Farrell has clearly had the revelation that less is more; the tracks are arranged sparsely and feel wide open, the perfect setting for her striking, lushly-chorded jazz/soul compositions. The instrumentation is a treat as well, and covers ground between 70's-flavored Rhodes keyboards and muted guitars to (gasp! in the new millenium, even!) real drums and acoustic piano. What's especially inviting is the jam-session feel that gives way to the impression that you're sitting in on a musician's party instead of hearing mere studio product. Further to her credit, Farrell wrote or co-wrote every track, and the variety of moods is astounding...there's slinky, backporch blues (the title track and "Sista"), elegant pop/soul ("I Forgive You," "I Gotta Go"), slick R&B ("Will You Remember Me?" and "Run to Me") and gently-grooving funk ("Satisfied"). For added bonuses, Johnathan Butler lends hand at writing and singing on "Gaia," an ode to Mother Earth that is musically sophisticated and lyrically touching, and Russ Barnes offers a top-notch vocal on the sultry duet "Reflections of My Heart."
But the crowning achievement is Farrell's use of her voice. There's a shockingly accurate three-octave jump (and a jump down, at that), seemingly effortless shifts in tone and projection, and, most strikingly, the take-no-prisoners experiments she indulges in on the funky "Why You Wanna Mess it All Up?," which include mind-boggling vibrato, noteless and wordless ad libs, and a run of notes sustained for twenty-eight seconds without taking a breath...one can only imagine what reckless vocal takes didn't even make the record.
In the end it becomes perfectly clear that "Individuality" couldn't possibly have a better title. Of course, it's a shame that we probably won't get the chance to witness any of these songs on pop radio as a much-needed breath of fresh air, but then again the beauty of the record lies in Rachelle Farrell's fearless assertion of innovation, trends be damned. She puts it best herself: "If you don't like it/it ain't got to have nothin' to do with you." You go, girl.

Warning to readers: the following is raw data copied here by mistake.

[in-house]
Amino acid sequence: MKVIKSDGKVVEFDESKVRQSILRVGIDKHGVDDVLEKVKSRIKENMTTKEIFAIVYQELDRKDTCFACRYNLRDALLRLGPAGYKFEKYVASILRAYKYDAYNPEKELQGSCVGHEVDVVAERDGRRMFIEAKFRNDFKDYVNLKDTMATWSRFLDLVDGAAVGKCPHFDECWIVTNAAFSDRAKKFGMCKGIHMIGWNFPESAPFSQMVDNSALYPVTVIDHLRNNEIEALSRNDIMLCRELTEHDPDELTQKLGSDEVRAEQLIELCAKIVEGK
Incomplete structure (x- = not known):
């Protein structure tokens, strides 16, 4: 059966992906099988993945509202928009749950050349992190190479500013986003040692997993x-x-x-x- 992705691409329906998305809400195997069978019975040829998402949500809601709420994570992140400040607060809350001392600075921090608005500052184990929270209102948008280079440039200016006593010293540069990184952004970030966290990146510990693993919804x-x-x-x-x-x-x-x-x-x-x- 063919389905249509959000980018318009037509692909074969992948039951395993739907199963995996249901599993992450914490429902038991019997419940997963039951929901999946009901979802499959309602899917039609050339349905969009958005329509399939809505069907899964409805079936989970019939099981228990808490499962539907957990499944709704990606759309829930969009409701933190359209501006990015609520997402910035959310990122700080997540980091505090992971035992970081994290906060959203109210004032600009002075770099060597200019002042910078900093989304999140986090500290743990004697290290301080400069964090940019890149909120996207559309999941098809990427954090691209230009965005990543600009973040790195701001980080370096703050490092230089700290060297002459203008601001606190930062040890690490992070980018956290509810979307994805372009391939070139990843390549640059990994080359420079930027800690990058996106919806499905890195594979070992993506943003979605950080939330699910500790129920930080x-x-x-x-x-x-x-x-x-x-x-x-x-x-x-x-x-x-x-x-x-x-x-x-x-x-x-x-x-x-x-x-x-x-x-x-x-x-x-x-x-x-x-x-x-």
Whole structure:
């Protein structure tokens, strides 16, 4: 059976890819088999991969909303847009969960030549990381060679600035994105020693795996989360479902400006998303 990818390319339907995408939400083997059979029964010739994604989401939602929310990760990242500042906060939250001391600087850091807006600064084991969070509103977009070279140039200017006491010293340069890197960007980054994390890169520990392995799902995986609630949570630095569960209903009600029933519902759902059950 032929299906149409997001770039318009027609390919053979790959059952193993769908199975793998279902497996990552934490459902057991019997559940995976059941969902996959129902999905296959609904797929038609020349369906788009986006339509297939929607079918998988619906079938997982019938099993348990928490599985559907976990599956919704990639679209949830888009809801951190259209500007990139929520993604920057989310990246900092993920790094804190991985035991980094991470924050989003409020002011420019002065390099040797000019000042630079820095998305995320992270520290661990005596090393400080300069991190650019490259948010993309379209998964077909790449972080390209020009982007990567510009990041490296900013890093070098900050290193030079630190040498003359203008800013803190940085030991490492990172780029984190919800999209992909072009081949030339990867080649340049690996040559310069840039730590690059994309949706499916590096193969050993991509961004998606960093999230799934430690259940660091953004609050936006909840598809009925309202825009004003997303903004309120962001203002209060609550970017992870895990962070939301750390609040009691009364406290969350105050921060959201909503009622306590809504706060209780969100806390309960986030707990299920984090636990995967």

I went to the library to get this album, and after I listened to it, I wondered why I didn't listen to it sooner. I've always liked Rachelle Ferrell, and although I haven't heard her other albums, I still think this one might outdo them because I think few people have heard an album as great as this.
I don't know if it's possible to pick any one song as being the best on here, but I'll at least point out some highlights that come to mind. Rachelle can still hit the high notes very well (see "Run To Me") as well as the low notes. Also, the first three songs will sort of make you wish this CD would never end.
Although it's obvious that Rachelle can hold her own on songs, the duets are also stellar. "Gaia" features Jonathan Butler, and although that track is damn good, "Reflections Of My Heart" with Russ Barnes beats it (I don't know who he is, but if he has an album in the works, I wish it came out yesterday). Kenny Lattimore sings background for a few tracks, while the great George Duke takes care of music here and there. That's a winning combination, wouldn't you say?
Another thing about this album is that sometimes the wordplay is more interesting than the lyrics, not that the lyrics are bad. If someone just looked at the lyrics without listening to the songs, for example, s/he might say the lyrics just seem okay, but it all depends on how Rachelle says them.
And speaking of lyrics, the songs on here cover topics that are really original, like on "Will You Remember Me?" where she says to her man: "I understand looking at other women is part of being a man." WHO'S THE TRAITOR THAT TOLD HER THAT??? ...But seriously, Rachelle should have known she had a classic when she wrote (or co-wrote) every track on this album. Pick it up today, because you'll never get tired of listening to it.